I want to make someone feel this for me so I don’t have to

I could knit my own twin out of wire,

a little yarn for hair.  Ghost double, mirror’s mirror,

little parasite—I can be so crafty, she could be

a real girl, and I’m Pygmalion, or is it Narcissus

in love with myself?  We all have our personal myths.

In mine I will be a lion with a human face, Medieval

allegory.  There was no difference then

between a lion and a leopard, between a lion and  dragon.

A woman could give birth to rabbits if she wanted to,

the world had an edge—you could sail right up to it

and fall off.  I’ll make a boat of all the words

I’ve swallowed, the unnameable growing inside me,

bundle of hair and bone and teeth.  I’ve been hiding this

so carefully.  If the doctors find it, they will cut it out.

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Something About the Body

I keep waking up with headaches. I don’t know

what this means. Last night in the bathroom mirror

my skin turned transparent; I read my veins like rivers

on a roadmap, puckered with goosebumps,

woke with a cramp in my jaw. I keep dreaming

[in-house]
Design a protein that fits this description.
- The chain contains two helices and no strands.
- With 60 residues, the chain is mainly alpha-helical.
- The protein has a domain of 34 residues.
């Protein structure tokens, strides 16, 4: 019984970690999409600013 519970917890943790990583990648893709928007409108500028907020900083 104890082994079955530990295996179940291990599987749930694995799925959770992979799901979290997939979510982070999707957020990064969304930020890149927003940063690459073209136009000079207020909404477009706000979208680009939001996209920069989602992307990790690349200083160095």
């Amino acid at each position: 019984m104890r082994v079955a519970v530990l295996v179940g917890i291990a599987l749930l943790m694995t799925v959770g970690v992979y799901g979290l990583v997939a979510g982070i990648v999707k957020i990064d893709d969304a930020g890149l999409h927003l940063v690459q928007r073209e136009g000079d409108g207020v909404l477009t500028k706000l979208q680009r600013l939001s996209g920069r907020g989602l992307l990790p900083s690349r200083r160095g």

all my teeth are falling out. I think that means

I’m afraid of abandonment, or is that falling?

Right from the start you were famished,

my mother said to me one day on the phone,

as if I didn’t already know how much I could take

from someone if they’d let me, afraid

to take anything in case I never stop.

All afternoon in the magnolia the catbird

has been shrieking itself hoarse. At night, trains

rattle and wail past the house. Here comes another one.

There’s a girl in this house who’s in love with a ghost

She can be me if you want. The ghost can mean something.

OK, let’s say she’s me. Let the ghost be what you like.

Tiny hills of sand keep appearing in the driveway.

I was thinking about ghosts, and now I can’t stop thinking

about ants under the house, in my kitchen, my bed.

I pour boiling water on the tunnels where they fumble

half-blind but they come back, haunted by their own

tiny ghosts. They recognize one another by smell.

I once smelled a boy on my hands hours after

leaving him. I put my hands in the back of his jacket,

woke up with the ghost of him on my fingers.

The ghosts wake the girl up, weights pressing into her

empty bed. Someday, she will die too. The house will be full

of ghosts, and the ants will keep going on with their small lives.